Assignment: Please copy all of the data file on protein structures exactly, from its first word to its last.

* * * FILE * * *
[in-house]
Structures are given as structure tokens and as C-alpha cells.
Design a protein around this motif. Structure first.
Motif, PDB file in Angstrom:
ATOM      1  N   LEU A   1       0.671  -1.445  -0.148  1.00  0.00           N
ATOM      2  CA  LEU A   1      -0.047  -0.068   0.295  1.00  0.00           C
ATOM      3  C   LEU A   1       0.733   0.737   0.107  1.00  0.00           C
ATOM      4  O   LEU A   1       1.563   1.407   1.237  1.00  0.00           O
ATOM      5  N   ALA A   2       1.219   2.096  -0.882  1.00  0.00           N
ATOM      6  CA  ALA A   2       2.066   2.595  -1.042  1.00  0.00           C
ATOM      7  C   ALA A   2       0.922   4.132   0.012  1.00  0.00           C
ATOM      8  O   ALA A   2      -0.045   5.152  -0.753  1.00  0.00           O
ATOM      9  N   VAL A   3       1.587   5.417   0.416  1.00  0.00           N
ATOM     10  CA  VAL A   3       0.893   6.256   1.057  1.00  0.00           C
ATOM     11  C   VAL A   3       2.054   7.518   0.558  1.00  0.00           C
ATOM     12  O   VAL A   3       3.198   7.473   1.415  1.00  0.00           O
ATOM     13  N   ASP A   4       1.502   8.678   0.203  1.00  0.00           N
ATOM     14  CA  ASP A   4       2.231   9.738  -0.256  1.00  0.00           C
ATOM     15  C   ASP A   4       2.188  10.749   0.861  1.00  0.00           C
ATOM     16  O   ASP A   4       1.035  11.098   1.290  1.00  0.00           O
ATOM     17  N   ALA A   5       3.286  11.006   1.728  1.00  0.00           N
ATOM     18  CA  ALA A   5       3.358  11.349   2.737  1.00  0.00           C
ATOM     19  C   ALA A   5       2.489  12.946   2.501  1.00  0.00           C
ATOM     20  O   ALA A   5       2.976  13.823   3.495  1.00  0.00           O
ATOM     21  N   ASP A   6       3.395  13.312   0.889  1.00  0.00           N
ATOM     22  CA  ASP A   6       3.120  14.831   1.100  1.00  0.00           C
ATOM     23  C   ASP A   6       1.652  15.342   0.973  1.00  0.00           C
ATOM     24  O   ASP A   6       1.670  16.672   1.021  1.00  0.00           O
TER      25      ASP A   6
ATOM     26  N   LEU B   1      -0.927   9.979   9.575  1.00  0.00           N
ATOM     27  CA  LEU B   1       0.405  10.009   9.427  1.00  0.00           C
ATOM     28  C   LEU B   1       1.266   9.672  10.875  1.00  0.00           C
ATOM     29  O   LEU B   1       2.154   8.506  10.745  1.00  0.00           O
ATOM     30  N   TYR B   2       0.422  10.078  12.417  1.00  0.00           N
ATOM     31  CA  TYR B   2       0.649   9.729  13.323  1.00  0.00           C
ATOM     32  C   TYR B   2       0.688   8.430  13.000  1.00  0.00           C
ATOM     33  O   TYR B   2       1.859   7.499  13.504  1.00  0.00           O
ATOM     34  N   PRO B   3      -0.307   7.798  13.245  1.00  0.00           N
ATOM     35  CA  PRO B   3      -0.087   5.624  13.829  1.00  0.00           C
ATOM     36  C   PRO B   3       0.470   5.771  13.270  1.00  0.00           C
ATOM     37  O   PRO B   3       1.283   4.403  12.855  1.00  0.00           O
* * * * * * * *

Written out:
[in-house]
Structures are given as structure tokens and as C-alpha cells.
Design a protein around this motif. Structure first.
Motif, PDB file in Angstrom:
ATOM      1  N   LEU A   1       0.671  -1.445  -0.148  1.00  0.00           N
ATOM      2  CA  LEU A   1      -0.047  -0.068   0.295  1.00  0.00           C
ATOM      3  C   LEU A   1       0.733   0.737   0.107  1.00  0.00           C
ATOM      4  O   LEU A   1       1.563   1.407   1.237  1.00  0.00           O
ATOM      5  N   ALA A   2       1.219   2.096  -0.882  1.00  0.00           N
ATOM      6  CA  ALA A   2       2.066   2.595  -1.042  1.00  0.00           C
ATOM      7  C   ALA A   2       0.922   4.132   0.012  1.00  0.00           C
ATOM      8  O   ALA A   2      -0.045   5.152  -0.753  1.00  0.00           O
ATOM      9  N   VAL A   3       1.587   5.417   0.416  1.00  0.00           N
ATOM     10  CA  VAL A   3       0.893   6.256   1.057  1.00  0.00           C
ATOM     11  C   VAL A   3       2.054   7.518   0.558  1.00  0.00           C
ATOM     12  O   VAL A   3       3.198   7.473   1.415  1.00  0.00           O
ATOM     13  N   ASP A   4       1.502   8.678   0.203  1.00  0.00           N
ATOM     14  CA  ASP A   4       2.231   9.738  -0.256  1.00  0.00           C
ATOM     15  C   ASP A   4       2.188  10.749   0.861  1.00  0.00           C
ATOM     16  O   ASP A   4       1.035  11.098   1.290  1.00  0.00           O
ATOM     17  N   ALA A   5       3.286  11.006   1.728  1.00  0.00           N
ATOM     18  CA  ALA A   5       3.358  11.349   2.737  1.00  0.00           C
ATOM     19  C   ALA A   5       2.489  12.946   2.501  1.00  0.00           C
ATOM     20  O   ALA A   5       2.976  13.823   3.495  1.00  0.00           O
ATOM     21  N   ASP A   6       3.395  13.312   0.889  1.00  0.00           N
ATOM     22  CA  ASP A   6       3.120  14.831   1.100  1.00  0.00           C
ATOM     23  C   ASP A   6       1.652  15.342   0.973  1.00  0.00           C
ATOM     24  O   ASP A   6       1.670  16.672   1.021  1.00  0.00           O
TER      25      ASP A   6
ATOM     26  N   LEU B   1      -0.927   9.979   9.575  1.00  0.00           N
ATOM     27  CA  LEU B   1       0.405  10.009   9.427  1.00  0.00           C
ATOM     28  C   LEU B   1       1.266   9.672  10.875  1.00  0.00           C
ATOM     29  O   LEU B   1       2.154   8.506  10.745  1.00  0.00           O
ATOM     30  N   TYR B   2       0.422  10.078  12.417  1.00  0.00           N
ATOM     31  CA  TYR B   2       0.649   9.729  13.323  1.00  0.00           C
ATOM     32  C   TYR B   2       0.688   8.430  13.000  1.00  0.00           C
ATOM     33  O   TYR B   2       1.859   7.499  13.504  1.00  0.00           O
ATOM     34  N   PRO B   3      -0.307   7.798  13.245  1.00  0.00           N
ATOM     35  CA  PRO B   3      -0.087   5.624  13.829  1.00  0.00           C
ATOM     36  C   PRO B   3       0.470   5.771  13.270  1.00  0.00           C
ATOM     37  O   PRO B   3       1.283   4.403  12.855  1.00  0.00           O